As the okra plants grow in warmer months, so keep the plants well watered throughout the summer months.

At least 1 inch of water is required per week (use more if you are growing okra in a hot or arid region).


Mulching is require for retaining moisture in the soil and also for preventing weeds.

Applying a layer of mulch up to 4 inch will be good. You can use leaves or straw for mulching.

Controlling Weeds

Mulching will prevent most of the weeds to develop. Eliminate the weeds when the plants are young and then mulch heavily.

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Pests and Diseases

The okra plants are susceptible to some pests and diseases. And this is actually not a major problem for growing okra.

Because you can easily get rid of them by following some easy to follow solutions. Here we are describing about some common pests and disease of okra plants.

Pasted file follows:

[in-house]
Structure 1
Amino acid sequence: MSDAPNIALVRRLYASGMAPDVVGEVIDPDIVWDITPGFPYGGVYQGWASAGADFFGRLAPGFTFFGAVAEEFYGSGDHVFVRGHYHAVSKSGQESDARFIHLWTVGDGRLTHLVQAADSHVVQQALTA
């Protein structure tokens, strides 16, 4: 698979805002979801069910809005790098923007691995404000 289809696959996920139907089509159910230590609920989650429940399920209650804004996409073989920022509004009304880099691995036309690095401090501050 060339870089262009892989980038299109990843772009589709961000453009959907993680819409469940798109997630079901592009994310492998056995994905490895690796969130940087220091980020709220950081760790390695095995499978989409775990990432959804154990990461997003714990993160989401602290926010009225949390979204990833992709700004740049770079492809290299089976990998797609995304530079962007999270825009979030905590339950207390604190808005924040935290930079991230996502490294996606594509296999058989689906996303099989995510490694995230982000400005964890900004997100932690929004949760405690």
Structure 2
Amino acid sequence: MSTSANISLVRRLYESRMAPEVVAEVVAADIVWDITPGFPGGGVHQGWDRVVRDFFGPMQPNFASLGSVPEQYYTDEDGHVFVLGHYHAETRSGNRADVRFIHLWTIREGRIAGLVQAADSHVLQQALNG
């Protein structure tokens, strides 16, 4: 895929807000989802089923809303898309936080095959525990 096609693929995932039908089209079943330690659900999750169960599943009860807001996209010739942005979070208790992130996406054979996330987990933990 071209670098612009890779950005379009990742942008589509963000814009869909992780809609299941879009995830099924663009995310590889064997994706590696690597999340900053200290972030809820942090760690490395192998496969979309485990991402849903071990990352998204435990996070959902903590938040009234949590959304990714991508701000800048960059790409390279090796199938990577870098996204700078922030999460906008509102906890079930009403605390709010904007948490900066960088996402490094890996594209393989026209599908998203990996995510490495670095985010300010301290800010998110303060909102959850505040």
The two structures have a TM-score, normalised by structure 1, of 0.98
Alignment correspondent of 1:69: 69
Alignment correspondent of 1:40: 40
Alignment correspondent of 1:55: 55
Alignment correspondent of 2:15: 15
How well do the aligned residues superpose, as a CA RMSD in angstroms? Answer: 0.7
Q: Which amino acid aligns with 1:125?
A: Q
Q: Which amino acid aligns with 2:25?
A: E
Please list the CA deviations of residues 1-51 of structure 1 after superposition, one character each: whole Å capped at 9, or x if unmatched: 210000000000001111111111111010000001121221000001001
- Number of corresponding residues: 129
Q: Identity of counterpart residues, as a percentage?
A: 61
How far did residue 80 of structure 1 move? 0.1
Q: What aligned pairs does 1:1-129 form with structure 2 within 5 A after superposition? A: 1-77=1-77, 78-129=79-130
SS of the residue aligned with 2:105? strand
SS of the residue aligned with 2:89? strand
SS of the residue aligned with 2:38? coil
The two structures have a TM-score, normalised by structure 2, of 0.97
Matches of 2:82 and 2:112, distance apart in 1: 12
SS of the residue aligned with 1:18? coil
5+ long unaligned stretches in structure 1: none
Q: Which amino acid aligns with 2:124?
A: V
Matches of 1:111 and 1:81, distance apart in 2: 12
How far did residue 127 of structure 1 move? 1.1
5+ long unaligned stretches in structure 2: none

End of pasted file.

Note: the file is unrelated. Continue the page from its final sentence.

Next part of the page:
Aphids, corn earworms and stinkbugs are some common pests for okra plants. You should keep an eye out for pests and monitor the stems and leaves of the plants regularly.

You can easily pick the bugs off by hand or spray the leaves with soapy water for keeping the pests away.


Fusarium wilt is a soilborne disease in okra plants (it is actually an issue in the hot regions).

The leaves will turn yellow and wilt if this disease causes. Pull and destroy the affected plants. Crop rotation is the best way for preventing this disease.


Depending on the okra variety, the first harvest will be ready within 2 months after planting. Okra grows very fast, and you will need to harvest frequently (every other day). 2-3 inches long okra are good for eating.

For harvesting okra, cut the stem just above the cap with a knife (don’t pull the okra). Wearing gloves or other protective materials will be good.

Because most of the okra varieties are covered with tiny spines that will irritate your skin.

Hope you have enjoyed this guide for growing okra organically in your home garden. God bless you!